First-quarter segmental review
We’ll analyze Shell’s (RDS.A) segmental earnings in the first quarter and then move on to Shell’s second-quarter segmental earnings expectations.
Upstream in Q1
Shell’s upstream earnings rose 11% YoY in the first quarter, led by higher volumes and lower operating costs. Shell’s upstream production grew 1% YoY due to more output from North American assets and the transfer of the Salym asset from the integrated gas segment. Lower liquid realizations partially offset the higher earnings. The liquid realizations fell from $61 per barrel in the first quarter of 2018 to $57 per barrel in the first quarter.
Shell’s peer Chevron’s (CVX) adjusted Upstream segment’s earnings fell from $3.4 billion in the first quarter of 2018 to $3.3 billion in the first quarter. ExxonMobil’s (XOM) upstream earnings fell from $3.5 billion in the first quarter of 2018 to $2.9 billion in the first quarter. BP’s (BP) upstream adjusted EBIT fell from $3.2 billion in the first quarter of 2018 to $2.9 billion in the first quarter. Total’s (TOT) exploration and production adjusted operating earnings fell 5% from the first quarter of 2018 to $1.7 billion in the first quarter.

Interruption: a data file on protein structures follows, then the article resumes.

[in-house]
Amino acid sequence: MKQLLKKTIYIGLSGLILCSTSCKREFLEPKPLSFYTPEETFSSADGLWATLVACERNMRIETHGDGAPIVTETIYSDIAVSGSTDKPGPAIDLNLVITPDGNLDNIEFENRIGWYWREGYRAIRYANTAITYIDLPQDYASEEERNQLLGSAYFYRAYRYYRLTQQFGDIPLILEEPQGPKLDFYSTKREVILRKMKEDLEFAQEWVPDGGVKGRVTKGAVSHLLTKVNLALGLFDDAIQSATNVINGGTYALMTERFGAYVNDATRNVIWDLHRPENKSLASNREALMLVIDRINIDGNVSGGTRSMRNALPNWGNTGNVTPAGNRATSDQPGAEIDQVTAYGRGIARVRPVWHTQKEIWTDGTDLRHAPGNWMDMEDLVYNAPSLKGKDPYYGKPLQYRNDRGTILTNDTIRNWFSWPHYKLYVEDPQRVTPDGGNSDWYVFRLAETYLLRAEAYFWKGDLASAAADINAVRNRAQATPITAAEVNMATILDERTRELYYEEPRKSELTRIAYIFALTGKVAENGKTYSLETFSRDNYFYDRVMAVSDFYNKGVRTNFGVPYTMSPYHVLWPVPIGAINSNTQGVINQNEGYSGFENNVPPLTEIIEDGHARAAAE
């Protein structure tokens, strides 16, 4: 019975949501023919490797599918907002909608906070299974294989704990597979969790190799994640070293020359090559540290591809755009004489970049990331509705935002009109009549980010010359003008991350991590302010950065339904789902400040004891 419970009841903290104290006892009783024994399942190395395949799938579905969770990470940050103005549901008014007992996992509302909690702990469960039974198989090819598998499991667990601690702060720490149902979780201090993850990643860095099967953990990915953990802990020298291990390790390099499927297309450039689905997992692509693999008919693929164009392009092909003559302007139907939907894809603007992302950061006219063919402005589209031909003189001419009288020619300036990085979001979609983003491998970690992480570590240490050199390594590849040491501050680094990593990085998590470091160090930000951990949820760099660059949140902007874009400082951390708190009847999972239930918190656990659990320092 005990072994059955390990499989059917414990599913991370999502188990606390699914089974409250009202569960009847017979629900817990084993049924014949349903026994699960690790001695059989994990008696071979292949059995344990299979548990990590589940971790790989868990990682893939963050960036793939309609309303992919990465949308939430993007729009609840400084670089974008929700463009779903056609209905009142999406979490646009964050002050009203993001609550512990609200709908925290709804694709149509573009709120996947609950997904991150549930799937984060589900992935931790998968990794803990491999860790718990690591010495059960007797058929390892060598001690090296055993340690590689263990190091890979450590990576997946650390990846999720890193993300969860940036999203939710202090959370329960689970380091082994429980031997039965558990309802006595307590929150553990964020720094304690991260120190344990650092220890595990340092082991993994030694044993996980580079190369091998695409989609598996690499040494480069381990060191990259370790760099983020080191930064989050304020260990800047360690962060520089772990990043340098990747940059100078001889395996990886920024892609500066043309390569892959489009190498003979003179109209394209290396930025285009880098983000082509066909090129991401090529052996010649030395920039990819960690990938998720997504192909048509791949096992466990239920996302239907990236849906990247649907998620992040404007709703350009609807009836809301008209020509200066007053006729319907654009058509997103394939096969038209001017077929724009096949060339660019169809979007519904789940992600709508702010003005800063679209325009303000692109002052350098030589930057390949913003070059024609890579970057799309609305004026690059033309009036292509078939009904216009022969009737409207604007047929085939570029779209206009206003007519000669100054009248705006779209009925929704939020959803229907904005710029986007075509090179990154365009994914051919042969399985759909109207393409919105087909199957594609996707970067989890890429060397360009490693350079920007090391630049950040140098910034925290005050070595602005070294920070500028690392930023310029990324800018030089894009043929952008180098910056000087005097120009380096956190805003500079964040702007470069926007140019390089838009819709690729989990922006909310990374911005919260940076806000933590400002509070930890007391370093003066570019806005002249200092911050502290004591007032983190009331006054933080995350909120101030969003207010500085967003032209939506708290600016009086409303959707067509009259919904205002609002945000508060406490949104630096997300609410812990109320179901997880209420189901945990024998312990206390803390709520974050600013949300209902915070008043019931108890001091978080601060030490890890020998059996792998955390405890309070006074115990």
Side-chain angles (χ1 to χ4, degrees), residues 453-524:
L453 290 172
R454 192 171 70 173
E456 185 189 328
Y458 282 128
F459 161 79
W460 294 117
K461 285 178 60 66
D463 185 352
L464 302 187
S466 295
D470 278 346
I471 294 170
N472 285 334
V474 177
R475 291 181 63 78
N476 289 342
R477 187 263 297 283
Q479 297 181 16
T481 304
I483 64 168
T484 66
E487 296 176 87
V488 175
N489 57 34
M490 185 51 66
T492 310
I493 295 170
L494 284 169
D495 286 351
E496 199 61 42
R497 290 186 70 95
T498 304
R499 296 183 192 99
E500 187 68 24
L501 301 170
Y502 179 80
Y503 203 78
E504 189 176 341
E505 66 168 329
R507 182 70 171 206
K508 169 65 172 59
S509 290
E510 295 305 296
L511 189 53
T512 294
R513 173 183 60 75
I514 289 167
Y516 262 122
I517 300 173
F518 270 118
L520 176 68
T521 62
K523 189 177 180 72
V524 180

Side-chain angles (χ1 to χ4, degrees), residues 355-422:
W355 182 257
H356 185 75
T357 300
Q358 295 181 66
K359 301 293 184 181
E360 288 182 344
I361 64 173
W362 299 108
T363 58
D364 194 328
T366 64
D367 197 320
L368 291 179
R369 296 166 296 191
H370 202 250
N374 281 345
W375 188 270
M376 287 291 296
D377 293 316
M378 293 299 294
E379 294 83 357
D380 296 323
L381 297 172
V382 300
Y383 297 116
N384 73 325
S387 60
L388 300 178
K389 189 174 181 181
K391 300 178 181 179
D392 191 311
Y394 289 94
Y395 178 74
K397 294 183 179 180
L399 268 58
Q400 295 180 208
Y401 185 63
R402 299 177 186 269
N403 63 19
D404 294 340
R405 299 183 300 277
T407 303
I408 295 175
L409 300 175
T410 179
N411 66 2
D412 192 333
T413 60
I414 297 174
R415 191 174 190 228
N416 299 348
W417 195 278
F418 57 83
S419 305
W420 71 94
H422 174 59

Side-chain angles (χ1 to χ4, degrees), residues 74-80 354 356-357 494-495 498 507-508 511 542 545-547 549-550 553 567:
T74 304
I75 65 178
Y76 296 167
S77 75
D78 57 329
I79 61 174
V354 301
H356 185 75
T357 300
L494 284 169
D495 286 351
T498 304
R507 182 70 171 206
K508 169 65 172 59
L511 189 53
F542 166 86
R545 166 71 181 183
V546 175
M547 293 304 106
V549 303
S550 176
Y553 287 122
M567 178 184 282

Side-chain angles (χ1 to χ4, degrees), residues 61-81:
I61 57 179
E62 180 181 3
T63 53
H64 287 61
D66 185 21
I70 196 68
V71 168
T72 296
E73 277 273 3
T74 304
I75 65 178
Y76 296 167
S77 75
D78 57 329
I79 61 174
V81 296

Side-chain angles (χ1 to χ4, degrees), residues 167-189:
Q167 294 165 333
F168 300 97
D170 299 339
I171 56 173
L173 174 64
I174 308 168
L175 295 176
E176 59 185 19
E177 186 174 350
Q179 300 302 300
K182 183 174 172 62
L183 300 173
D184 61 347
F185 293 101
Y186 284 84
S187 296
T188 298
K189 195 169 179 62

Other segments in Q1
Shell’s integrated gas earnings rose 5% YoY due to higher LNG (liquefied natural gas) and natural gas realizations. However, the integrated gas segment’s production fell 12% YoY due to the Salym asset transfer (to the upstream segment) and divestments. Overall, in the first quarter, Shell’s total hydrocarbon production fell 2.3% YoY to 3.75 MMboed (million barrels of oil equivalent per day). ExxonMobil (XOM), Chevron (CVX), and BP’s (BP) upstream volumes stood at 3.98, 3.04, and 2.66 MMboed, respectively, in the first quarter.